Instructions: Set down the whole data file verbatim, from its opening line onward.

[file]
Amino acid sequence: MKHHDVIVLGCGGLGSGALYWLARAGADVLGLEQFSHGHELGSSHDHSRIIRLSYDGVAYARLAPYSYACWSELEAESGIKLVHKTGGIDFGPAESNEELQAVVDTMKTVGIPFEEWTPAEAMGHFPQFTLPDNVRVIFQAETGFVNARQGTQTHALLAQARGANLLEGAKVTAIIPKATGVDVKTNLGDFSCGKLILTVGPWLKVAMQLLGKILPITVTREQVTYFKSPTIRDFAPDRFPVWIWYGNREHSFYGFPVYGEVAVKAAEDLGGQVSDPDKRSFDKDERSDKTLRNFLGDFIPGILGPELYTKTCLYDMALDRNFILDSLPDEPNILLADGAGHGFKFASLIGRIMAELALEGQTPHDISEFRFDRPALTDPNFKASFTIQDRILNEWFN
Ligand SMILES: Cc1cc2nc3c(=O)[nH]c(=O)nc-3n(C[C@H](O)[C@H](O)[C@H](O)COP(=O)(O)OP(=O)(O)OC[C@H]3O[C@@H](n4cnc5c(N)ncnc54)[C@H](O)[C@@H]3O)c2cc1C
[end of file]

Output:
Amino acid sequence: MKHHDVIVLGCGGLGSGALYWLARAGADVLGLEQFSHGHELGSSHDHSRIIRLSYDGVAYARLAPYSYACWSELEAESGIKLVHKTGGIDFGPAESNEELQAVVDTMKTVGIPFEEWTPAEAMGHFPQFTLPDNVRVIFQAETGFVNARQGTQTHALLAQARGANLLEGAKVTAIIPKATGVDVKTNLGDFSCGKLILTVGPWLKVAMQLLGKILPITVTREQVTYFKSPTIRDFAPDRFPVWIWYGNREHSFYGFPVYGEVAVKAAEDLGGQVSDPDKRSFDKDERSDKTLRNFLGDFIPGILGPELYTKTCLYDMALDRNFILDSLPDEPNILLADGAGHGFKFASLIGRIMAELALEGQTPHDISEFRFDRPALTDPNFKASFTIQDRILNEWFN
Ligand SMILES: Cc1cc2nc3c(=O)[nH]c(=O)nc-3n(C[C@H](O)[C@H](O)[C@H](O)COP(=O)(O)OP(=O)(O)OC[C@H]3O[C@@H](n4cnc5c(N)ncnc54)[C@H](O)[C@@H]3O)c2cc1C